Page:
Paul Donovan 's Views Of Christology And Soteriology
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Vincent Donovan was an out of the box thinker when he traveled to the Masai people in hopes to spread the gospel in hopes that these people would become Christian. In this paper it will address hindrance that Donovan faced, his views of Christology and soteriology in relation to the Christian faith perspective, and my own views on how well I believe that Donovan portrayed Christianity.
One of the biggest hindrances for Donovan while dealing with the Masia was the culture difference in how situations were handled. As stated by Donovan (1995) “with these Africans the purpose of words is not to establish logical truth, but to set up social relationships with others.” (p. 23) Donovan goes on to explain a story where in Masia culture they are…show more content… He also ran the fear that if a majority of the community rejects Christianity then he would lose the fence sitters to peer pressure to not believe in Christianity. As Donovan (1995) states “A community…will act as a unit, accepting you or rejecting you together… it is not possible or desirable to convert the Masai as individuals, but it is possible to evangelize them as groups.”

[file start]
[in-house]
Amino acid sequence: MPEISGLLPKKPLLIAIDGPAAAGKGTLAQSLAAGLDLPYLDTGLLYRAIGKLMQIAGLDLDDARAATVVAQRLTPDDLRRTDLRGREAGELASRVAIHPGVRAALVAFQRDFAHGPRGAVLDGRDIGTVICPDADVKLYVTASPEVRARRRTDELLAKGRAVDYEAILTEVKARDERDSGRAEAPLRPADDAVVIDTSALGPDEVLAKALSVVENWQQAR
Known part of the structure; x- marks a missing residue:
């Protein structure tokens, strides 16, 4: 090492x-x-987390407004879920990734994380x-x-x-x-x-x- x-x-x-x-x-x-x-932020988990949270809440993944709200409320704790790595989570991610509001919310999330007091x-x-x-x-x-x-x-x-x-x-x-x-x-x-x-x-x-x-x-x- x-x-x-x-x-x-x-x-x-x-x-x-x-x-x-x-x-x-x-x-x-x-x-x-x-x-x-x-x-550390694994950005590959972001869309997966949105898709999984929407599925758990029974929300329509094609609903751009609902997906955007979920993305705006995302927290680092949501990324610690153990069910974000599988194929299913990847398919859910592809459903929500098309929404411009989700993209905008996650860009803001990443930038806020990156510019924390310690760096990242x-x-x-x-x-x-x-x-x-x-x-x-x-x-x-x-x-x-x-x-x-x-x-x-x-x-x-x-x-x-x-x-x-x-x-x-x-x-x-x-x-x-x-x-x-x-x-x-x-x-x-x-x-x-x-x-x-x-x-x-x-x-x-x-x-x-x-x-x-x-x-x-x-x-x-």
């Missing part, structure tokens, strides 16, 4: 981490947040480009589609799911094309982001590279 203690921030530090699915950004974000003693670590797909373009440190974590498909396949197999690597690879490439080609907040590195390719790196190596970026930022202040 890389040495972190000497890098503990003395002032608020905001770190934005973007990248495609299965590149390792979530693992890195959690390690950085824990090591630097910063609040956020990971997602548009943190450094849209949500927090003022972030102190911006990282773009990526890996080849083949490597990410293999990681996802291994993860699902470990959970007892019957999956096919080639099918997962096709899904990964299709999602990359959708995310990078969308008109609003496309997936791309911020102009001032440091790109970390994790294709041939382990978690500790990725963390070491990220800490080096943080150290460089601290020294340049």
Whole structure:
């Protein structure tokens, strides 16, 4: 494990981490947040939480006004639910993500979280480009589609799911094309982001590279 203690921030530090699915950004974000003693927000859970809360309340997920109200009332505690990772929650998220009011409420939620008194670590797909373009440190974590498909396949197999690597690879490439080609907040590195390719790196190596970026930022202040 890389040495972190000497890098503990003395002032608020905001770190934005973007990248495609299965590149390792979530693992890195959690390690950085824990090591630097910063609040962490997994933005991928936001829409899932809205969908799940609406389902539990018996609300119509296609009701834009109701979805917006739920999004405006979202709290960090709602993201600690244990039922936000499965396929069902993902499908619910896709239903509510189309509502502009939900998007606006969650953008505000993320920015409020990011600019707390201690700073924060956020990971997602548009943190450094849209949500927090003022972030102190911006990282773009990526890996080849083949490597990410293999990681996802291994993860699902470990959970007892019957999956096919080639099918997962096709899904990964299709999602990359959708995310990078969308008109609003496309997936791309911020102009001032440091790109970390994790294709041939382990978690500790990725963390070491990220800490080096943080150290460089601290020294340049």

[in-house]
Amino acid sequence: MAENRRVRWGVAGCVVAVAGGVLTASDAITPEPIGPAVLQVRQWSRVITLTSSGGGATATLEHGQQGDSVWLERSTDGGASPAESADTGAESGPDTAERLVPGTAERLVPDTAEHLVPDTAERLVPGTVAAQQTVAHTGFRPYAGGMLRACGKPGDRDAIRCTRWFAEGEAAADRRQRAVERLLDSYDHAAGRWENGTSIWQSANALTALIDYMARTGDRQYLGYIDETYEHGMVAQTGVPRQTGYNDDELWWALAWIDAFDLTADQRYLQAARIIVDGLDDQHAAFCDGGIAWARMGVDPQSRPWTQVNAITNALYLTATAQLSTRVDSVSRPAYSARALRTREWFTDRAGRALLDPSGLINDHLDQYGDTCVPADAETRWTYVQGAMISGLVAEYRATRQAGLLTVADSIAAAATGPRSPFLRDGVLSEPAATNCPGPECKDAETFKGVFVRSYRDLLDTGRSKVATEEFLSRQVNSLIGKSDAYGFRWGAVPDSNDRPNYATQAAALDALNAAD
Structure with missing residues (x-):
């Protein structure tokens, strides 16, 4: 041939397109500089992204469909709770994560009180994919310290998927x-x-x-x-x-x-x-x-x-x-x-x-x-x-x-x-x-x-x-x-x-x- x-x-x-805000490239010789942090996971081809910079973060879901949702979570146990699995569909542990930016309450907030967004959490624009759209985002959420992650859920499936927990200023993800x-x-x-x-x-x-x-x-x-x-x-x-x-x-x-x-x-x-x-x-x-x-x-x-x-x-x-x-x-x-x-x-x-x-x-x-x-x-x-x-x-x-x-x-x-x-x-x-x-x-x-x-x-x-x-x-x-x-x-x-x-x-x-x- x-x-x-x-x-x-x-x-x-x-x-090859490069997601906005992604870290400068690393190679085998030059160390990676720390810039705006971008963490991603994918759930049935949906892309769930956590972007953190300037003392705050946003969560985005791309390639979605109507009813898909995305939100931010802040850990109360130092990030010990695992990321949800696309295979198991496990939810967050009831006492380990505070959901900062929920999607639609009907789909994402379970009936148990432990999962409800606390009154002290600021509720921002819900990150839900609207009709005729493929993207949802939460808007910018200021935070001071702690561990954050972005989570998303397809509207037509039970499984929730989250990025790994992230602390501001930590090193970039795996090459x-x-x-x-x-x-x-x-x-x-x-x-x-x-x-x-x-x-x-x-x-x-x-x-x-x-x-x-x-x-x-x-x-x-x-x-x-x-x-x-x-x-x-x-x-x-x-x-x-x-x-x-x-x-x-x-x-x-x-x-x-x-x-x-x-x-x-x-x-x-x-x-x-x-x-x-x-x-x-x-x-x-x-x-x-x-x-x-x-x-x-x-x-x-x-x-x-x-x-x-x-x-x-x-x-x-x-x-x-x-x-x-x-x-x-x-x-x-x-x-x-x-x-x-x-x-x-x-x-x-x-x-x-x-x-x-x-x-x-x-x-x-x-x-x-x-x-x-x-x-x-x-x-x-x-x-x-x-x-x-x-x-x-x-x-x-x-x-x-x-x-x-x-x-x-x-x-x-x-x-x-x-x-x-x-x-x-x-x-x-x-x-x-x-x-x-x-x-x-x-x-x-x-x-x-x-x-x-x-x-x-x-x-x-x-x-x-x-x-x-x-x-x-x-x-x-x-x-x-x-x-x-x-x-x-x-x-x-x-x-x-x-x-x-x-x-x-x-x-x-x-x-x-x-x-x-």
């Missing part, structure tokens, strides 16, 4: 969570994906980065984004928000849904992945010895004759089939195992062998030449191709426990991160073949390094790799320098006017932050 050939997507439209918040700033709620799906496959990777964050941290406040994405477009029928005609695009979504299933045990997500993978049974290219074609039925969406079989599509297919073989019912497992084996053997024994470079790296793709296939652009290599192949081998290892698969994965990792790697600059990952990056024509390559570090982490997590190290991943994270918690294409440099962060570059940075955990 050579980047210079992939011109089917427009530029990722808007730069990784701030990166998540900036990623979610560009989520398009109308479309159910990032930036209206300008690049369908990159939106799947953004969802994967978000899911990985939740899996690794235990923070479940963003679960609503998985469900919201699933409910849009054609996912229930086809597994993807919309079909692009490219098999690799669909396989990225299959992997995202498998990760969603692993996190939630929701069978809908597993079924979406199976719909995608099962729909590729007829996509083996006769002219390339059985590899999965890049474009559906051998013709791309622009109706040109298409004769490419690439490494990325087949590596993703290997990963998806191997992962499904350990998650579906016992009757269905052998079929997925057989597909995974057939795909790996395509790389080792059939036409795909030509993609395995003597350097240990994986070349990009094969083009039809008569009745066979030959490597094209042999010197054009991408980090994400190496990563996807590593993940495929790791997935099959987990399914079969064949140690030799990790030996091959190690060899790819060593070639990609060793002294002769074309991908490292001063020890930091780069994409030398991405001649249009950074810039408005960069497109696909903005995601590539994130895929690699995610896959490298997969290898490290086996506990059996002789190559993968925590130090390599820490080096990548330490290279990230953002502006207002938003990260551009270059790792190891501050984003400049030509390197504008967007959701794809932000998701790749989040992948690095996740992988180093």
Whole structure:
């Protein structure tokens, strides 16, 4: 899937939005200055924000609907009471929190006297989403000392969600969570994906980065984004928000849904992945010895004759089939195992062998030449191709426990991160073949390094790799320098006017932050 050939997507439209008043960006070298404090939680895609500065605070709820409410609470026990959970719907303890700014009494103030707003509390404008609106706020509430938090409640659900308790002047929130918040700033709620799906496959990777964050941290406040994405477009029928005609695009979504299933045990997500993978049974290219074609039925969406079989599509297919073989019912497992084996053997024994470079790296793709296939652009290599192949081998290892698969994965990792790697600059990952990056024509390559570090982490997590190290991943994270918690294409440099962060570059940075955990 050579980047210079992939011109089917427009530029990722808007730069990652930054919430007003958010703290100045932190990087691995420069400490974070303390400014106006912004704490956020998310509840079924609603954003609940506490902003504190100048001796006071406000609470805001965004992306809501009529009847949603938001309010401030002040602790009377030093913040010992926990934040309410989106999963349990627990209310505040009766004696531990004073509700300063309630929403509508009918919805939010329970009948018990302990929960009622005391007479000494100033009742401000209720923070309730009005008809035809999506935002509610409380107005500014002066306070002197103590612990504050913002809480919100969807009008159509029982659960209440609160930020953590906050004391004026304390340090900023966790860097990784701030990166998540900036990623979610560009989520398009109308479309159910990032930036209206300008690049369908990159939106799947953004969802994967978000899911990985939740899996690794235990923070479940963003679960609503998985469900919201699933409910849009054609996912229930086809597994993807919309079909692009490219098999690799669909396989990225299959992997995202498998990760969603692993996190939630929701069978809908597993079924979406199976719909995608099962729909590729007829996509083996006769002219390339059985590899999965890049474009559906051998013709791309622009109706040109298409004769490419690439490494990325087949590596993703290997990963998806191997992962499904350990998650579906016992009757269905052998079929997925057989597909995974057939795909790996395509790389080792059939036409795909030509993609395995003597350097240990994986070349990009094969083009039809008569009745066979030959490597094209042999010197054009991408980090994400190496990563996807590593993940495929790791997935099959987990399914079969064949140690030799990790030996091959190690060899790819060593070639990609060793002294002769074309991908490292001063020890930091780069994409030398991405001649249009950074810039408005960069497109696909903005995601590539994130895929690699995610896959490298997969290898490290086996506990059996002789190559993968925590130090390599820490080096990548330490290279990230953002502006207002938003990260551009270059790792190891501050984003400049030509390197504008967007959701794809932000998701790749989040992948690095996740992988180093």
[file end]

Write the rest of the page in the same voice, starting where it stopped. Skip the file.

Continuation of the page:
A second hindrance for Donovan was getting the Masia people to listen to his preaching of Christianity without receiving anything for it. The Masia people were very accustomed to missionaries bringing things in order to bribe the people to accept Christianity. He was aware of this set back from the beginning and how this shadows the true story of Jesus and what Christianity is about at the core. Donovan made it clear at this first meeting with the people of his true intentions while preaching.
Along the same lines of not listening to Donovan, making sure that the Masai had “a mind free of preconceptions… there is no other way to deal with the subject that is so strange to us.” (Donovan, 1995). This was hard to do because of the past history of the Catholic church coming to the Masai people. Donovan had to fight the expectations they held of his visit and reset their minds to take in the knowledge and information that Donovan wanted to teach.
The illiteracy of the Masai people deemed to also be a very big hindrance to Donovan. He had to